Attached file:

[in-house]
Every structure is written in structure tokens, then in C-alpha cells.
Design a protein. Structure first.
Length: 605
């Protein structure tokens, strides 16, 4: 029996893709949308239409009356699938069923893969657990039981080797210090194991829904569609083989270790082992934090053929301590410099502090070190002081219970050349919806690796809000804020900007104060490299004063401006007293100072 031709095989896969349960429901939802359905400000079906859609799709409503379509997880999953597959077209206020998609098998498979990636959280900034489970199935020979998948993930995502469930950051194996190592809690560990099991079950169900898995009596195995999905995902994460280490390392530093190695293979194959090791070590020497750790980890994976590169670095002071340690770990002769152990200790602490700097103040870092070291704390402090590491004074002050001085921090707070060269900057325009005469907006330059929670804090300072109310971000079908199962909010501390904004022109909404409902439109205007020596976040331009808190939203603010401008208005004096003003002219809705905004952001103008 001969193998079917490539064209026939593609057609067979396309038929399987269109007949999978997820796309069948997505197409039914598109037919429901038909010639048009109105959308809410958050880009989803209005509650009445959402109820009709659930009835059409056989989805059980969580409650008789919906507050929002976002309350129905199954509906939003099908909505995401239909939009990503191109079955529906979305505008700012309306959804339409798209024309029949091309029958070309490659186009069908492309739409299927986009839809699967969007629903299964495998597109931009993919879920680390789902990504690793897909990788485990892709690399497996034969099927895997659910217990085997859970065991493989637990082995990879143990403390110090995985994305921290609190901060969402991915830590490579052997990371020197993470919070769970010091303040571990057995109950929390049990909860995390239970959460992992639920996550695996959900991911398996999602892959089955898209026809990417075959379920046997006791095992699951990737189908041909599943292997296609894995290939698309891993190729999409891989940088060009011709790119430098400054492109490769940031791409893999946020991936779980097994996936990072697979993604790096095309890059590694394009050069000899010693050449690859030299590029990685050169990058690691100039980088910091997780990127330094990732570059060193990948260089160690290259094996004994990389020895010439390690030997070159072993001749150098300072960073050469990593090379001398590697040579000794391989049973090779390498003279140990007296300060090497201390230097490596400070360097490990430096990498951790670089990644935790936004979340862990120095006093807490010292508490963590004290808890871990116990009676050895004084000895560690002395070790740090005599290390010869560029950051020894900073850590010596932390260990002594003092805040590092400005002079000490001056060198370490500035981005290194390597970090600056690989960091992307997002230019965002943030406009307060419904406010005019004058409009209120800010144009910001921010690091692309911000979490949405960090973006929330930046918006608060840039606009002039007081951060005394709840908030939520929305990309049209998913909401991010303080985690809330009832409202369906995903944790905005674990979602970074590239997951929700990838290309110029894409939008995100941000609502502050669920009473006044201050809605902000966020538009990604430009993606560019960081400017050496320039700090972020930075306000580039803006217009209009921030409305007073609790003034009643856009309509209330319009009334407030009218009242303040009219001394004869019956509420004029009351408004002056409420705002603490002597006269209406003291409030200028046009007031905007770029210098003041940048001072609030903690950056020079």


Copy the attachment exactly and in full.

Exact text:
[in-house]
Every structure is written in structure tokens, then in C-alpha cells.
Design a protein. Structure first.
Length: 605
């Protein structure tokens, strides 16, 4: 029996893709949308239409009356699938069923893969657990039981080797210090194991829904569609083989270790082992934090053929301590410099502090070190002081219970050349919806690796809000804020900007104060490299004063401006007293100072 031709095989896969349960429901939802359905400000079906859609799709409503379509997880999953597959077209206020998609098998498979990636959280900034489970199935020979998948993930995502469930950051194996190592809690560990099991079950169900898995009596195995999905995902994460280490390392530093190695293979194959090791070590020497750790980890994976590169670095002071340690770990002769152990200790602490700097103040870092070291704390402090590491004074002050001085921090707070060269900057325009005469907006330059929670804090300072109310971000079908199962909010501390904004022109909404409902439109205007020596976040331009808190939203603010401008208005004096003003002219809705905004952001103008 001969193998079917490539064209026939593609057609067979396309038929399987269109007949999978997820796309069948997505197409039914598109037919429901038909010639048009109105959308809410958050880009989803209005509650009445959402109820009709659930009835059409056989989805059980969580409650008789919906507050929002976002309350129905199954509906939003099908909505995401239909939009990503191109079955529906979305505008700012309306959804339409798209024309029949091309029958070309490659186009069908492309739409299927986009839809699967969007629903299964495998597109931009993919879920680390789902990504690793897909990788485990892709690399497996034969099927895997659910217990085997859970065991493989637990082995990879143990403390110090995985994305921290609190901060969402991915830590490579052997990371020197993470919070769970010091303040571990057995109950929390049990909860995390239970959460992992639920996550695996959900991911398996999602892959089955898209026809990417075959379920046997006791095992699951990737189908041909599943292997296609894995290939698309891993190729999409891989940088060009011709790119430098400054492109490769940031791409893999946020991936779980097994996936990072697979993604790096095309890059590694394009050069000899010693050449690859030299590029990685050169990058690691100039980088910091997780990127330094990732570059060193990948260089160690290259094996004994990389020895010439390690030997070159072993001749150098300072960073050469990593090379001398590697040579000794391989049973090779390498003279140990007296300060090497201390230097490596400070360097490990430096990498951790670089990644935790936004979340862990120095006093807490010292508490963590004290808890871990116990009676050895004084000895560690002395070790740090005599290390010869560029950051020894900073850590010596932390260990002594003092805040590092400005002079000490001056060198370490500035981005290194390597970090600056690989960091992307997002230019965002943030406009307060419904406010005019004058409009209120800010144009910001921010690091692309911000979490949405960090973006929330930046918006608060840039606009002039007081951060005394709840908030939520929305990309049209998913909401991010303080985690809330009832409202369906995903944790905005674990979602970074590239997951929700990838290309110029894409939008995100941000609502502050669920009473006044201050809605902000966020538009990604430009993606560019960081400017050496320039700090972020930075306000580039803006217009209009921030409305007073609790003034009643856009309509209330319009009334407030009218009242303040009219001394004869019956509420004029009351408004002056409420705002603490002597006269209406003291409030200028046009007031905007770029210098003041940048001072609030903690950056020079």